Nairo Quintana (Movistar) has said that he still needs to step up a level to be able to take on his rivals in the Giro d'Italia, after a steady but unspectacular performance on the climb to Mount Etna.
Expectations that Quintana would go on the rampage on the Giro's first major summit finish were not that high, given it's so early in the race but it was impossible to rule it out because of the Colombian's reputation for aggressive mountain racing.
At one point Quintana briefly swung out of the peloton and across the road and the crowd and the media scrum at the finish line instantly chorused 'Nairo', as it suddenly looked as if Quintana might be revving up to try to attack Vincenzo Nibali (Bahrain-Merida) and the rest of the contenders on the Sicilian's home turf.
However the attack never came and Quintana went with a far more prudent strategy. Although clearly able to respond to the occasional surging acceleration amongst the favourites, Quintana relied heavily on teammate Andrey Amador when Nibali put in his one real attack.
After finishing eleventh inside the group of favourites, it emerged that behind Quintana's usual Sphinkx-like expression, he was still thinking it was best to bide his time.
"My objective in this first mountain stage was to be up there with my rivals and not lose time on them," Quintana, now sixth overall, told Spanish newspaper AS.
"I'm noticing that I'm lacking in race rhythm a lot and I'm still not at my rivals' level. It was my first big day in the mountains with the other competitors and these early stages, and the ones that precede the Blockhaus will help me get up to speed. In the next mountain stage, I think I'll be going better."
Responding to Nibali
After winning Tirreno-Adriatico in mid-March, Quintana took time off from racing and he only rode the Vuelta a Asturias in late April, prior to travelling to Sardinia last Tuesday for the Giro d'Italia. He won one stage in the northern Spanish stage race, to the summit finish of El Acebo and finished second overall, but with his eye on both the Giro d'Italia and the Tour de France, he has yet to hit top form.
Quintana praised Amador's hard work when Nibali attacked and all his Movistar teammates.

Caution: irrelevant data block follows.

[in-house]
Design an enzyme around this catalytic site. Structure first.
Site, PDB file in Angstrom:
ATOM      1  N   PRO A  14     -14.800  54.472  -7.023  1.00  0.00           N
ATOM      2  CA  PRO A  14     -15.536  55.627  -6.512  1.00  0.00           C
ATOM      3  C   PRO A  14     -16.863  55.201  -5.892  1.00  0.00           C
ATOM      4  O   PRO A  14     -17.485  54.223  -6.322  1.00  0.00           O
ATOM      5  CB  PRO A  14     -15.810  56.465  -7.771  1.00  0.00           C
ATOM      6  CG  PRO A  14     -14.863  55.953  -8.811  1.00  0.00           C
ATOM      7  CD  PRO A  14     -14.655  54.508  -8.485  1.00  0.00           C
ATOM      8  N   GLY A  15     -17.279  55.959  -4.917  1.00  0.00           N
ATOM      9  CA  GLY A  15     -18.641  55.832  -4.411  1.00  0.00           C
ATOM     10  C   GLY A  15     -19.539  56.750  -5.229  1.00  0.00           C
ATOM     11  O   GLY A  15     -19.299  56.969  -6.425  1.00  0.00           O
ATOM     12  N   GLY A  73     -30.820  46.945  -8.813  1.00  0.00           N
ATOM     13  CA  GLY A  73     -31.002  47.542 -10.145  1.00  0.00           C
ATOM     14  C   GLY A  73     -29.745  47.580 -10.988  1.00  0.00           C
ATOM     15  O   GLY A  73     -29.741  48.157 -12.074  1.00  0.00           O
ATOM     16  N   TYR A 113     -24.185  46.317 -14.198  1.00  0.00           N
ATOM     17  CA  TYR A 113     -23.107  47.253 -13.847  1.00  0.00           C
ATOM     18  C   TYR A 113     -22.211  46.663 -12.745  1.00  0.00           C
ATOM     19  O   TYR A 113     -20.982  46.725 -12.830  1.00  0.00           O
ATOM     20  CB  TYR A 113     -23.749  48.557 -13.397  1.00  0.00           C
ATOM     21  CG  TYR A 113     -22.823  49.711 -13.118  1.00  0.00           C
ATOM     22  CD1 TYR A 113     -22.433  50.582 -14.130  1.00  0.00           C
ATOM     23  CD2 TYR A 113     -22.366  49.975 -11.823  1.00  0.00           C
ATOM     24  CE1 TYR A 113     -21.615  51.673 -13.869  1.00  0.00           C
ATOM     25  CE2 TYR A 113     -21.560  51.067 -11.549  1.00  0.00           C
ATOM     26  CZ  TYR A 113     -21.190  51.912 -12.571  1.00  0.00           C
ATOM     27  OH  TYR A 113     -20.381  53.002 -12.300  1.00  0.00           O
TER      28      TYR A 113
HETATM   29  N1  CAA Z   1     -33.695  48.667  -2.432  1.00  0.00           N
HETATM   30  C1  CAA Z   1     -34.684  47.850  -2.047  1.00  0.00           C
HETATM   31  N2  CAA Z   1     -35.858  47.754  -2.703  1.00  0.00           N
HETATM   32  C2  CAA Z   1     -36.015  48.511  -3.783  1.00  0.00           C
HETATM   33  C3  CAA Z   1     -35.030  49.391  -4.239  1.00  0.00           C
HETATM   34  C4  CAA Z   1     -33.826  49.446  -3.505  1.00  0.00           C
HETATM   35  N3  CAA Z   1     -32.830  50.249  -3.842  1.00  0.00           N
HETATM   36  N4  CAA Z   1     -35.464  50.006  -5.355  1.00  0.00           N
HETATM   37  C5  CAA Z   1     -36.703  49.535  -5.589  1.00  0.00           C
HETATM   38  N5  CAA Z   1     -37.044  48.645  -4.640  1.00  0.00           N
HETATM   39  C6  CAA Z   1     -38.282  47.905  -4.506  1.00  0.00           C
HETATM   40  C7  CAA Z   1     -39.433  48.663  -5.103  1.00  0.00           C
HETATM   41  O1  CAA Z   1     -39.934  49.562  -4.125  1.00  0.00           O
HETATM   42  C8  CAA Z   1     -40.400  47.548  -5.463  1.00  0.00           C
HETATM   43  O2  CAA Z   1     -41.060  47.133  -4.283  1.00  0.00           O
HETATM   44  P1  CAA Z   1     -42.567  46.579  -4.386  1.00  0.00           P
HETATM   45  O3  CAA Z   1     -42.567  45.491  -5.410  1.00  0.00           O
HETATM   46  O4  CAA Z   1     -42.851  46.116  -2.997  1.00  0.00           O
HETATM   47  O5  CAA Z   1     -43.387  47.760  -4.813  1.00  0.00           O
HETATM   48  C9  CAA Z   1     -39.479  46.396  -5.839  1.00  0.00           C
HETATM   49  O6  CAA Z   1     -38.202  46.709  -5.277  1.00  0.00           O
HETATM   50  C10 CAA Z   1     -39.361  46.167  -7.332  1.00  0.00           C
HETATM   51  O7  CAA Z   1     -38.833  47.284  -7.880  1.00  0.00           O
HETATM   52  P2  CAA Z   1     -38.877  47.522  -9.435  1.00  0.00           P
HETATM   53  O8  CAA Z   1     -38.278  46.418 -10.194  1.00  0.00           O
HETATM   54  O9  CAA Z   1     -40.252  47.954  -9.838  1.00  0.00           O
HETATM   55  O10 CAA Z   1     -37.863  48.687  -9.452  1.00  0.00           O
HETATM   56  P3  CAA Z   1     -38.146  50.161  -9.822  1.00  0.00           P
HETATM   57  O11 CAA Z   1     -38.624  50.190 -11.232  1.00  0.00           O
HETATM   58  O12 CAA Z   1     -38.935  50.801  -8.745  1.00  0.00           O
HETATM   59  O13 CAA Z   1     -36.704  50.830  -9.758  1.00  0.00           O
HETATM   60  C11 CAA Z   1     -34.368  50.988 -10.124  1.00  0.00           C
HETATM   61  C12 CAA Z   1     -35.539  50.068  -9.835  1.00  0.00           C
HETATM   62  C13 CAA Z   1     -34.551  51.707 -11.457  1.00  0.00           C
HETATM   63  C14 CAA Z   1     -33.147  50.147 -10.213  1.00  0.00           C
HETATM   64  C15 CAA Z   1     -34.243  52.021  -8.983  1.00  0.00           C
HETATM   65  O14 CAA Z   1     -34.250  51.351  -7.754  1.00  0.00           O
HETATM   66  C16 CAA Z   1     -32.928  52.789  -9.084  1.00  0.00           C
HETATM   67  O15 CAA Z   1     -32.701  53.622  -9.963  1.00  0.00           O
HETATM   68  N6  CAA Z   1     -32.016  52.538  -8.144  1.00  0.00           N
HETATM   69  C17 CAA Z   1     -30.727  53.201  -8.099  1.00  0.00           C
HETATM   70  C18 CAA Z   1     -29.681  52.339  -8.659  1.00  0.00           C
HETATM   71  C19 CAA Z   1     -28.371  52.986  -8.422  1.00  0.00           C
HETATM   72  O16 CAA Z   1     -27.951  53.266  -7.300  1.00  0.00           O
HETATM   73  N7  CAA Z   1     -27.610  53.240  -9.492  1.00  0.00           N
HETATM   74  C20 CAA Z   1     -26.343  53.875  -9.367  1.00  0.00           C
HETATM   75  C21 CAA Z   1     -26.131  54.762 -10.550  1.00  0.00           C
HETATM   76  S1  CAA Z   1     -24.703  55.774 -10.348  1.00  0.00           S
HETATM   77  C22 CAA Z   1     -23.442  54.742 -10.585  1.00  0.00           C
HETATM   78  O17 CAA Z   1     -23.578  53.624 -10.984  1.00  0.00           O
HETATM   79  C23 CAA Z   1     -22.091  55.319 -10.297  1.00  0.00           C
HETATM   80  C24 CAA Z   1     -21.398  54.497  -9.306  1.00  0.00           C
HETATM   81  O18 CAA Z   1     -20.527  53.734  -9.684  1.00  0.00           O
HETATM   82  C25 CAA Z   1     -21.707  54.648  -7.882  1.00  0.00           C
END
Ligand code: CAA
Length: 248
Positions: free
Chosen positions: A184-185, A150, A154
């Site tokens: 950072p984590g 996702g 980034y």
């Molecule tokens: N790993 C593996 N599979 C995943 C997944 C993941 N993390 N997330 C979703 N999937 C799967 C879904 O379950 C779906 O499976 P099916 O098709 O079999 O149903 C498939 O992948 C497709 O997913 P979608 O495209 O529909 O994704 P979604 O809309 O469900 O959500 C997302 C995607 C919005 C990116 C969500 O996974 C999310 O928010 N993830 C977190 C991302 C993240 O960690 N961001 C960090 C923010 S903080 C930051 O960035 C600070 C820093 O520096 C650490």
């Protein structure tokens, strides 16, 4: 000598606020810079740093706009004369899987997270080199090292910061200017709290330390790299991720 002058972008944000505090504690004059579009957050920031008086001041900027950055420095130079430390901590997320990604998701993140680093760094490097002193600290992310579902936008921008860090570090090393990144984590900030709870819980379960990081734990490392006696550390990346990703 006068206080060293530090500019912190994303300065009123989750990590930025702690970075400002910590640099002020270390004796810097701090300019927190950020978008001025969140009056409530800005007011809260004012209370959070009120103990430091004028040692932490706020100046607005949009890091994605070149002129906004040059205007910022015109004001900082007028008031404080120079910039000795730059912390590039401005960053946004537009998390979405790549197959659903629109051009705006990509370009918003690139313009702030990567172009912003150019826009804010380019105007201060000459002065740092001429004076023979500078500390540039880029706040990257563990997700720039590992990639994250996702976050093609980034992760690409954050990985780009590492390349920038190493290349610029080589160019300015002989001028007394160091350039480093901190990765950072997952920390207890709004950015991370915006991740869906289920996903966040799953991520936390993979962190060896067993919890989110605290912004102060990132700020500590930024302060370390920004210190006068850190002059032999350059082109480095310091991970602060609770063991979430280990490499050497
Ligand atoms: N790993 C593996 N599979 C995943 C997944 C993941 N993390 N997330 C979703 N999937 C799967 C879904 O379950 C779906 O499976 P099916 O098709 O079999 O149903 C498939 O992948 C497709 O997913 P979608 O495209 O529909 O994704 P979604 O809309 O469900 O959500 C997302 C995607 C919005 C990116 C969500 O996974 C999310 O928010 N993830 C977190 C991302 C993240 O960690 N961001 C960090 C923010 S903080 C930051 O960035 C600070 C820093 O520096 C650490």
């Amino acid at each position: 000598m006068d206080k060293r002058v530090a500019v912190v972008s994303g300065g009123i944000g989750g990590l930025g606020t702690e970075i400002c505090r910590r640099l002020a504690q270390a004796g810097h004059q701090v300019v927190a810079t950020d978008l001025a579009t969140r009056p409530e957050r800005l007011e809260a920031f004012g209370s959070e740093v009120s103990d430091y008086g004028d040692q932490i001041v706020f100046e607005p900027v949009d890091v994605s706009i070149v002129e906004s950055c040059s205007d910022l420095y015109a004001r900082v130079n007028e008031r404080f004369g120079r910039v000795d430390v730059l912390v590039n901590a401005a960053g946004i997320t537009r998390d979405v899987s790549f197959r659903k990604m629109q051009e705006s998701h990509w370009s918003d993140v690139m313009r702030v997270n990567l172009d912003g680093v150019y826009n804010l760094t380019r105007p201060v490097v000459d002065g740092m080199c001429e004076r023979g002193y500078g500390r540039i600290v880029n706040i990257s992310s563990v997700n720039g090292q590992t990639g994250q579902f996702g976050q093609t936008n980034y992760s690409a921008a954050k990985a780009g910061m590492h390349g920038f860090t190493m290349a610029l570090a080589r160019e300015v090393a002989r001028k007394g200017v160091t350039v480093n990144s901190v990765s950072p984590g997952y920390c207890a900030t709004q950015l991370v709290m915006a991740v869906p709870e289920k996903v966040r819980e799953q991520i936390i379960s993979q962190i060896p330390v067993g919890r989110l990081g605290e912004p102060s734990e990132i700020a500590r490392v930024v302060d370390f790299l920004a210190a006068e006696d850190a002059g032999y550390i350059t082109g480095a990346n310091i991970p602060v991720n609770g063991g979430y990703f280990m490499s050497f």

"He closed down the move and I could stay on his wheel. But not just Andrey, the whole team has been going well and I'm very pleased with how they're working here," he said.
"We had to respond to Nibali's attack," his compatriot Winner Anacona, who also rode strongly on the climb, told Colombian reporters at the line. "It was tough, the wind made it very difficult, but we've kept the rivals at bay for a day. We did what we had to."
Quintana played down his status as leading favourite for the Giro d'Italia.
"You can't underestimate the rest of the field, there's some very good rivals here," he said.
"Nibali performed well and showed that he's ahead of the rest, Team Sky showed their cards with [Geraint] Thomas and [Mikel] Landa, they are two rivals we can't underestimate. And [Ilnur] Zakarin (Katusha-Alpecin) has shown his form, because it wasn't at all easy to make a move like that and open up a gap. Then of course [Bob] Jungels (Quick-Step Floors) has been in great shape, and we have to count on him too."
Quintana will now have four flatter stages to find his form and raise his game before the next key mountain stages – the steep Blockhaus mountain finish on Sunday's stage 9 and Tuesday's stage 10 time trial after the rest day. But as his Movistar team manager Eusebio Unzue warned on Monday, the Giro d'Italia is an unpredictable beast at the best of times. Quintana may therefore find that other challenges may test his form sooner than the weekend.
Alasdair Fotheringham has been reporting on cycling since 1991. He has covered every Tour de France since 1992 as well as numerous other bike races of all shapes and sizes, ranging from the Olympic Games in 2008 to the now sadly defunct Subida a Urkiola hill climb in Spain. Apart from working for Cyclingnews.com, he is also the cycling correspondent for The Independent and The Independent on Sunday.
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